While I know some of my plants by name, others have caused me some confusion over the years. Tonight I got smart and took a half dozen with me down to Little Wayne to get them identified. My plan is to map out where they all are so that I don't have to go through this every year. The beauty in the top photo is one of last year's purchases, 'Inherited Wealth.' The wine-coloured one above is 'Dark Star'. In my garden, it's almost as tall as I am, about 5 feet.

'South Seas' is one distinctive daylily, though this photo doesn't do it justice. Its colour is a vibrant coral/salmon, with hints of pink, and awesome fragrance. It sends me running across the grass to smell it when it begins to bloom.

'Mateus' is a prolific variety, and I have divided mine and planted it in several other spots. It too is fragrant, and I like the pale midribs and ruffled edges to this beauty.

When 'Ice Carnival' first came out, it was proclaimed as being one of the closest to truly white daylilies available. It may depend on what your soil is like, but to me it's more the colour of lemon pie filling with the meringue whipped into it. Softly yellow, very soothing.

It took a while to figure this spider out, but it's 'Wind Frills'. It didn't bloom last year; the Waynes gave it to me several years ago when I was still uncertain about whether I liked the spiders or not. I like this one, that's for certain.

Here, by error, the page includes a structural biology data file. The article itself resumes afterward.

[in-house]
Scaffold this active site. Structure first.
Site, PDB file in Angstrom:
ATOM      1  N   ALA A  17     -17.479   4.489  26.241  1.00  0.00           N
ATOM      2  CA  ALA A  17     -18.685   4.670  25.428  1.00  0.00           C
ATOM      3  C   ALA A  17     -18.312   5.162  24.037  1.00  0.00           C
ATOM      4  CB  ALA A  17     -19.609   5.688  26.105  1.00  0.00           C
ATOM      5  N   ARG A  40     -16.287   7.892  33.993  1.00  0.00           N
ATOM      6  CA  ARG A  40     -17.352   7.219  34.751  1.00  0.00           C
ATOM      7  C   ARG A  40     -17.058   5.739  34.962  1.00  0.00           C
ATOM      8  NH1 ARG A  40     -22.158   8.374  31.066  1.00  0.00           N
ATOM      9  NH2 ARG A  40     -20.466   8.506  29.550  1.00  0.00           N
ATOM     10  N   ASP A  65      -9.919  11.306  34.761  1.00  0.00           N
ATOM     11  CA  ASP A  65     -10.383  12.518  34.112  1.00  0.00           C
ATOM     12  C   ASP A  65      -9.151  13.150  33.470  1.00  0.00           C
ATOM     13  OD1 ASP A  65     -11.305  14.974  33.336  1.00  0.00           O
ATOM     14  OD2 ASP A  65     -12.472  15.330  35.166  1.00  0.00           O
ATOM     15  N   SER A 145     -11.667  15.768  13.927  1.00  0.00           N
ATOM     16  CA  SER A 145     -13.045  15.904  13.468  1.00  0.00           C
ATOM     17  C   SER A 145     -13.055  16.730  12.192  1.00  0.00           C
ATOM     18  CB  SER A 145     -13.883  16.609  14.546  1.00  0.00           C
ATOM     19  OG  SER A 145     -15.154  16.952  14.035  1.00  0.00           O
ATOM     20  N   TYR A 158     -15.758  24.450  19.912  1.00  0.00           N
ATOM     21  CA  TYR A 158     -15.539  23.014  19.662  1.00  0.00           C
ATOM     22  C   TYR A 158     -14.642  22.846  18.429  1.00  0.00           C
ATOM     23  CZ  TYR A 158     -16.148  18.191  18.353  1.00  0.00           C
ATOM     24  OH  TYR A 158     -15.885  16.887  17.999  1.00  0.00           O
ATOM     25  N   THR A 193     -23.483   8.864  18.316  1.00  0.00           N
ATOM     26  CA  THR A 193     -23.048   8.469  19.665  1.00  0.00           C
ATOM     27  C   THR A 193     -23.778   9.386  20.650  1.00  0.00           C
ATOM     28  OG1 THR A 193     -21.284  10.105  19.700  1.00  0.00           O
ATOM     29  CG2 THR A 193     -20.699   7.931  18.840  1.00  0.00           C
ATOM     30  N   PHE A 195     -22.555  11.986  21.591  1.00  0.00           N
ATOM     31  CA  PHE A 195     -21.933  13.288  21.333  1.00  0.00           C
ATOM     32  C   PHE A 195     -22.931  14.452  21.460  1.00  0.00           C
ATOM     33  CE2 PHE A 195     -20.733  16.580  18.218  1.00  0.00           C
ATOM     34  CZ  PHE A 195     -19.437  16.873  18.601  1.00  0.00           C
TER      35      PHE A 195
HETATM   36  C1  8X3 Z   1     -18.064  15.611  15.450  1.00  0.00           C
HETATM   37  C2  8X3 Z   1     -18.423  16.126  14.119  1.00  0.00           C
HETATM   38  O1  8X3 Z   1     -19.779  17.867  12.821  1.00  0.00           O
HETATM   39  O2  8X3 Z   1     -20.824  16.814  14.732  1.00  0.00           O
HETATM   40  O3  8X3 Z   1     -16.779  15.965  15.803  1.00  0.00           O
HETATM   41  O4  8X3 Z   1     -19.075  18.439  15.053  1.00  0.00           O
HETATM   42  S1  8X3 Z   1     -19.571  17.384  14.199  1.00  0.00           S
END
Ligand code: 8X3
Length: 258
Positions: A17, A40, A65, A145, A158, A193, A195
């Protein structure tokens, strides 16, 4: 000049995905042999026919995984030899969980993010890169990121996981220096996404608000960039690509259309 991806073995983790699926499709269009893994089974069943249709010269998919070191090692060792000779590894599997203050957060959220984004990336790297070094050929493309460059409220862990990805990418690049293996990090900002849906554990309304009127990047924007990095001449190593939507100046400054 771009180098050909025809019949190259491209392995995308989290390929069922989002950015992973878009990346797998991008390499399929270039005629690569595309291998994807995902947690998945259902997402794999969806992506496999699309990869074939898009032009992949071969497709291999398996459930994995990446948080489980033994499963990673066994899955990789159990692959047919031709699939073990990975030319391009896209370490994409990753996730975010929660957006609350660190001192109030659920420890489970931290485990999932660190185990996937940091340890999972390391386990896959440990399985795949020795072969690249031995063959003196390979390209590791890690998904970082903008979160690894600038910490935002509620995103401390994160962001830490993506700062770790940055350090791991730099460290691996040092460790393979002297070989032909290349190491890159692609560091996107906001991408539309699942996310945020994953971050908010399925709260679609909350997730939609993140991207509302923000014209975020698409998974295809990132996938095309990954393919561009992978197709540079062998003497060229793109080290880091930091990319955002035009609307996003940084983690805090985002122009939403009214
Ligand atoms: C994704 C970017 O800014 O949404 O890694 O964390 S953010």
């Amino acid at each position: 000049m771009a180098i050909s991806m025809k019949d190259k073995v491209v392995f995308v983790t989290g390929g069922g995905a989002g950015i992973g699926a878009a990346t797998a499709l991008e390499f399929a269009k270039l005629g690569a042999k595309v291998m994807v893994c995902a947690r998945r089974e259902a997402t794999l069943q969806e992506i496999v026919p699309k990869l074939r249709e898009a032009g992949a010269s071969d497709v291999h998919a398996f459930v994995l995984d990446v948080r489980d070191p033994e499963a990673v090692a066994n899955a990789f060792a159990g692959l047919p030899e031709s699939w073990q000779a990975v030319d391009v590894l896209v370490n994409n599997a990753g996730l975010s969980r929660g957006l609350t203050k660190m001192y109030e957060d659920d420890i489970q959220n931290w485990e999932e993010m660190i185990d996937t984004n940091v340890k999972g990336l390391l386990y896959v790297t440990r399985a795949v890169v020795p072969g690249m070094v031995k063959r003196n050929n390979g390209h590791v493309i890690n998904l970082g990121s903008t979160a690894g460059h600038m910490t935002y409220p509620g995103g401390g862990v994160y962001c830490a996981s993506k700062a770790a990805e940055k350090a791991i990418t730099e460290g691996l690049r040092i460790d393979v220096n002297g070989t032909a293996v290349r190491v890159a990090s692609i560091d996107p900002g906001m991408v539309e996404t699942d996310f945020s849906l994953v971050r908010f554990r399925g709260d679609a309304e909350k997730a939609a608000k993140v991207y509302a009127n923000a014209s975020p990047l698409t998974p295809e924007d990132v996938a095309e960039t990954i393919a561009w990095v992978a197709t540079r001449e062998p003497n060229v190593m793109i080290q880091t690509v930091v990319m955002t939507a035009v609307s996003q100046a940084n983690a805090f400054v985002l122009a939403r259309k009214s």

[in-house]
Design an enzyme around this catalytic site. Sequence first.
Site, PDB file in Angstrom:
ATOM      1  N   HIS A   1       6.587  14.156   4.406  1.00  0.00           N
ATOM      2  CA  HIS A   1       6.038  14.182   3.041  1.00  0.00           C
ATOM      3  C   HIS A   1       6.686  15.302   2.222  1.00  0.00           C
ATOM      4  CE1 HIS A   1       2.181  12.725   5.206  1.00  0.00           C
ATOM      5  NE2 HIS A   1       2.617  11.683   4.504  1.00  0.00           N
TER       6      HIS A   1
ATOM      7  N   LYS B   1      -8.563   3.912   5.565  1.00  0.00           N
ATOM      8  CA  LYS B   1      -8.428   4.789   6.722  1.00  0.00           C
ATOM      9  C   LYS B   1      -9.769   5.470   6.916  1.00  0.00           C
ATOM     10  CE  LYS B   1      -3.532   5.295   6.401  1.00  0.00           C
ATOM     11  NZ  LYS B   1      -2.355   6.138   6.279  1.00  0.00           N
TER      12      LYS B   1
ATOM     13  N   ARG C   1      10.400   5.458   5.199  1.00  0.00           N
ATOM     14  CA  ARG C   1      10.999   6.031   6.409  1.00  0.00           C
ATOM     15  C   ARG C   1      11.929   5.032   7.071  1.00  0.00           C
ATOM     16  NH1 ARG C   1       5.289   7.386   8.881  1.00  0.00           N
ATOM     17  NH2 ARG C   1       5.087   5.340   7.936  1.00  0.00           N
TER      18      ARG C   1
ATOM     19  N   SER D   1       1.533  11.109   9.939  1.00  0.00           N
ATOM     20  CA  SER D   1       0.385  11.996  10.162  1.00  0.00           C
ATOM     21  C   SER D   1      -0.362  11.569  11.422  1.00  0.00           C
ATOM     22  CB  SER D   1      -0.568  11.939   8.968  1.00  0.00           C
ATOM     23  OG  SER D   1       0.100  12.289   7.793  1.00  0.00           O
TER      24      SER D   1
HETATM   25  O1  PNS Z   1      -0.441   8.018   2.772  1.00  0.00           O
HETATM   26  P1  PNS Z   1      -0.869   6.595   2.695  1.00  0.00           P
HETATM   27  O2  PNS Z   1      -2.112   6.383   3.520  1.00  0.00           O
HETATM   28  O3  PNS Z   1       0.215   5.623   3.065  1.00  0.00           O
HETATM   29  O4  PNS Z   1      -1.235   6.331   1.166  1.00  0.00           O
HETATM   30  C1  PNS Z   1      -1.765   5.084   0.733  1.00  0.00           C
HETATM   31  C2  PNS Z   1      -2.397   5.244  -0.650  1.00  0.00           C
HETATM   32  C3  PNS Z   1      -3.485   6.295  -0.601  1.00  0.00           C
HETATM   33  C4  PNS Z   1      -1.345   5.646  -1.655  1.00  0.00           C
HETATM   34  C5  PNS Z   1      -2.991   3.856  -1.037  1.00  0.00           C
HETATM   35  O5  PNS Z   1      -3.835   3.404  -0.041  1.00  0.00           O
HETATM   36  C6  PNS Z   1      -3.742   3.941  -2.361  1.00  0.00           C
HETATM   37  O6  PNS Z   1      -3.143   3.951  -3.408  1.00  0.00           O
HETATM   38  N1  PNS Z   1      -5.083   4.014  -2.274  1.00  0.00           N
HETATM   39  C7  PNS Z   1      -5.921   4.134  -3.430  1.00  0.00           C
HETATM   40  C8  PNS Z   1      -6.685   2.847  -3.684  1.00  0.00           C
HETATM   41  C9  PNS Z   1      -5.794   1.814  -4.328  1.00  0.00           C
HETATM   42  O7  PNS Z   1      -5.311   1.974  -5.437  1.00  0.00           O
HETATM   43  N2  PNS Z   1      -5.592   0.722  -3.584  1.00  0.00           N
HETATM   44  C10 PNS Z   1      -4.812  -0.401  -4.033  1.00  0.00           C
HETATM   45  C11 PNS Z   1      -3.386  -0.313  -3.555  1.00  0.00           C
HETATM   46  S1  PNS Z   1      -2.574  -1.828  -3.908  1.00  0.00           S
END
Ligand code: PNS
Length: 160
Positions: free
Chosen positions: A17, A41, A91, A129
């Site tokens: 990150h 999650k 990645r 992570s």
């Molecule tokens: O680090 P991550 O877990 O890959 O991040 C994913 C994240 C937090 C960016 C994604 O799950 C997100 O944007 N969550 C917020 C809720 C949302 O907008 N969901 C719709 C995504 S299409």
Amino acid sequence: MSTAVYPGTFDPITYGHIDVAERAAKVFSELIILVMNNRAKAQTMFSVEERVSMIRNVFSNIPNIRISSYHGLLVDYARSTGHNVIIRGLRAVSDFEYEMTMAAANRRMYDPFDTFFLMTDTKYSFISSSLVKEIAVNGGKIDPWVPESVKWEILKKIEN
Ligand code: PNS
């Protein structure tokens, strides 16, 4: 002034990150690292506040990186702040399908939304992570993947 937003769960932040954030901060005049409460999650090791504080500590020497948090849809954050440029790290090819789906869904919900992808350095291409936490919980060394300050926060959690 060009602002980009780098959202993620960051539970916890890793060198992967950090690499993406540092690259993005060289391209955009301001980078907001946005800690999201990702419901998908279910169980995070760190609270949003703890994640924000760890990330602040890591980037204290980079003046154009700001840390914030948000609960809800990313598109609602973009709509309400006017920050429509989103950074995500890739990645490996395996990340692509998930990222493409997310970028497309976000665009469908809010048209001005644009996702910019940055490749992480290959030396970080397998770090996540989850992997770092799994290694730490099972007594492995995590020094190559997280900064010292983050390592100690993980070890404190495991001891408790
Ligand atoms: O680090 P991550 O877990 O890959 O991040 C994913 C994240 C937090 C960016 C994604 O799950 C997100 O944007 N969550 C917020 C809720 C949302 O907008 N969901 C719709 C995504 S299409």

This is 'Shango', which was one of last year's purchases. I love the varieties that are a mix of rose and gold, for some reason. And the very dark ones. And the ones with the dark eyezones. And...

Here's one with dark eyezone; 'Wineberry Candy', which is in my wine and chocolate garden.

When I take photos of daylilies, I invariably focus on the flowers because the only drawback to these fabulous plants is their ordinary foliage. Unfortunately, you can't see the size of the flowers to scale. This is 'Chicago Royal Robe', we think, but I've had it since the first year I planted daylilies here. Not a big flower, but it sure is floriferous.

Not the best photo, but in the foreground is 'Smuggler's Gold', while in the midground is one of my favourites, 'Swiss Mint', another nearly-white variety with exquisite fragrance.

Slugs have been a problem on some varieties, and had tried to get a good grip on the edge of 'Destined to See', another of my favourites. It doesn't have much scent, but with all those colours it's okay.

Somehow, the photography gods smiled on me today and I caught 'Roses in Snow' showing off its true red colour very nicely. There's only one problem: it's not displaying the white edging as much as it is supposed to. The Waynes aren't selling this one anymore, probably because it is such a diva, but I'm keeping mine because I love the rich red velvet even without the white accents.

This little fellow didn't have a name when I bought him for 5 bucks from a plant table five or six years ago. He's dependable, with a huge number of blossoms and a long bloom period, and I've taken to calling it 'Yellow Duckling' because it blooms near the spot where the ducks come up to eat their feed.